Our Gunne is 100% puppy, folks, and would really love to have a family that has all the energy and time to show him what it’s like to be with a loving family to show him all the great things in live. He’s young, very teachable, and VERY smart, which means he could probably learn how to enjoy all the activities an active family participates in…running, jogging, biking, swimming, hiking, etc.  He’s so full of curiosity and so ready to learn how to be a member of the right family.  A great big heart to share with the right people.  It would also be wonderful if Gunne has a new home where there’s another doggy playmate with the same energy level to help him work off his energy. 

You may have noticed the scar on Gunne’s front, left leg in his pictures.  If so, no worries.  He got off to kind of a rough start in his young life and before he came to ISR.  He was hit by a car and broke his leg, but it was repaired and is completely healed.  It doesn’t seem to bother him at all.  You’ll see what we mean if you get the chance to meet this boy. wink

Like most dogs heading for a new home and environment, it’s advisable for his new family to take the time to attend behavior/obedience classes with Gunne, especially since he’s so young and hasn’t really had the training needed to help him understand basic commands.  The benefits of this type of training are many…bonding, instruction, understanding, etc.  Gunne is learning basic commands with his foster family, but will need additional training before he consistently understands and responds appropriately to them.  He’ll also benefit with daily leash walks to help him understand how to behave appropriately while on leash so all involved will be able to enjoy the activity each time you head out.

Gunne’s foster parents says this about him; “Gunne is the most handsome boy and will steal your heart.  Because he’s still a puppy, he can test your patience and be stubborn at times, but he is very treat motivated and easy to train.  I think he will be an absolutely AWESOME pet.”  His fosters mentioned time and again how quickly Gunne learns things.  He’s very smart and very respectful of what is not his; he won't get on furniture/beds unless invited by actually pulling him up, and he hasn't chewed on shoes or clothes.  Being extremely food motivated helps a lot with his training.  For a young dog who had a rough start, he displays an unusual knowledge of “manners” in several ways, such as: 1) he waits patiently at the door while you put his leash on; 2) he’ll wait at the door and allow you to walk through first without rushing through the door/gate; and, 3) he doesn’t counter surf, even though he’s probably tall enough to do so.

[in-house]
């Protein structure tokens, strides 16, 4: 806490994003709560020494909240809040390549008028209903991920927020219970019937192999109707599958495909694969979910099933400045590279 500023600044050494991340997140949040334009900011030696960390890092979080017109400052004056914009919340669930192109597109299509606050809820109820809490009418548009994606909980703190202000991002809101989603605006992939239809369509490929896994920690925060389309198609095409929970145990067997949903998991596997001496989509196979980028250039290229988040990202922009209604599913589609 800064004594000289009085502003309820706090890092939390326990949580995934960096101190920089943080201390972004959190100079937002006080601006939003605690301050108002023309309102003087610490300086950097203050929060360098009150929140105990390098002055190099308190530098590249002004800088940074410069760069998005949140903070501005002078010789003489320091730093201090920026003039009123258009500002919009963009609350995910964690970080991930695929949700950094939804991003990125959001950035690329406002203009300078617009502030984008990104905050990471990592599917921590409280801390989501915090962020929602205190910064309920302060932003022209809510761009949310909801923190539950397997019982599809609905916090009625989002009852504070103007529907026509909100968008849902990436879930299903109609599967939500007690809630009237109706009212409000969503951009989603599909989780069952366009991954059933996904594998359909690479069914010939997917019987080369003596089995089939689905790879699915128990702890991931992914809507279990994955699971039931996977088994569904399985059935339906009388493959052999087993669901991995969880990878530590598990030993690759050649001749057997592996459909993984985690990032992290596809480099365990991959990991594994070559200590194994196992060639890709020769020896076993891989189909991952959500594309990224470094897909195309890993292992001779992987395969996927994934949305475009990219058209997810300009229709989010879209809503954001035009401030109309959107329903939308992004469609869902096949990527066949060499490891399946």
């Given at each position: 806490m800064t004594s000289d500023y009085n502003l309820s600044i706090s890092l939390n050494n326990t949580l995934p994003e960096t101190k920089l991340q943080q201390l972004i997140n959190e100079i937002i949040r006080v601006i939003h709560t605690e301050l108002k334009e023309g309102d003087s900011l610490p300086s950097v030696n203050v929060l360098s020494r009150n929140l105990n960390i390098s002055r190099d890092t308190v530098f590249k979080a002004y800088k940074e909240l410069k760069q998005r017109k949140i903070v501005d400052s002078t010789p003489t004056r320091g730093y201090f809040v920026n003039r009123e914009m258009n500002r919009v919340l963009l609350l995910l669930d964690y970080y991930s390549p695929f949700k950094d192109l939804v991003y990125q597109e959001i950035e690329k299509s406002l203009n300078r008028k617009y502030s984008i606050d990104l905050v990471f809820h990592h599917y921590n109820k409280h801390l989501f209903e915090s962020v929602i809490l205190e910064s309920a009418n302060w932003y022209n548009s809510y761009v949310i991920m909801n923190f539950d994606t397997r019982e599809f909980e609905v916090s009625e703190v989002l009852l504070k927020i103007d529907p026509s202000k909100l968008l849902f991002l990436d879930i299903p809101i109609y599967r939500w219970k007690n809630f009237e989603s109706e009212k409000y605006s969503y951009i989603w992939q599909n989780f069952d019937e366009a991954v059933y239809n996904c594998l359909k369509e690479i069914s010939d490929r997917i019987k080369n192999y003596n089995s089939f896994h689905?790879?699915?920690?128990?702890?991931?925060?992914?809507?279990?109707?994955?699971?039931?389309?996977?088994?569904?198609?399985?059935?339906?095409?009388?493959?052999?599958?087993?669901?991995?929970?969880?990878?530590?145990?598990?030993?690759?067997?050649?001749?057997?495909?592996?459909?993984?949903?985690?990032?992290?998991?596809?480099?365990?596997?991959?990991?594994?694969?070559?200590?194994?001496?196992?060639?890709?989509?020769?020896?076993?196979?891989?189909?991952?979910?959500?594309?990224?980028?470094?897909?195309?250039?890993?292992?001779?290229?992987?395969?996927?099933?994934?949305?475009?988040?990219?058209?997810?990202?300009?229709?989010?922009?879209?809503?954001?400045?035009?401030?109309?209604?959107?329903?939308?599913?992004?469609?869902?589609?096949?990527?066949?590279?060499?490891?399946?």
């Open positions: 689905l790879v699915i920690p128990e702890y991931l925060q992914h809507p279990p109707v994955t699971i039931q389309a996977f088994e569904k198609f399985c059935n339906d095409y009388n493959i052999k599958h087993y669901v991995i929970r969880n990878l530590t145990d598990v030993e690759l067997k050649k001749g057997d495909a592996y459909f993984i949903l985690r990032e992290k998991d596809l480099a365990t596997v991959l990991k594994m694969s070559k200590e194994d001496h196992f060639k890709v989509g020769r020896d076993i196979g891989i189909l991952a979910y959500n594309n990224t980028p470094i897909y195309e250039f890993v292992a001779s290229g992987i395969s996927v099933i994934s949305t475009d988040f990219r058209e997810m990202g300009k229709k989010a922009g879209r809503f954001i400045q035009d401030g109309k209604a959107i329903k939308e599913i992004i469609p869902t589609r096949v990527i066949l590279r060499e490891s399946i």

In summary, Gunne is a very loving, sweet GSP.  He’s become quite the snuggler since he’s learned his foster family loves him as much as he loves them.  Gunne has great potential to make the right family very, very happy.  As a puppy he’ll require special care and a very devoted and dedicated family.  Adopting and raising a GSP puppy like Gunne is not easy, and if you can’t fully commit the time and attention necessary to lovingly raise Gunne from this time in his puppyhood to an adult GSP member of your family, then perhaps one of our other adult GSPs will be a more appropriate fit for you and your family.  However, if after reading this, you decide you still wish to consider adopting Gunne, then Congratulations!  We’d love to hear from you and tell you more about this bundle of energy and love!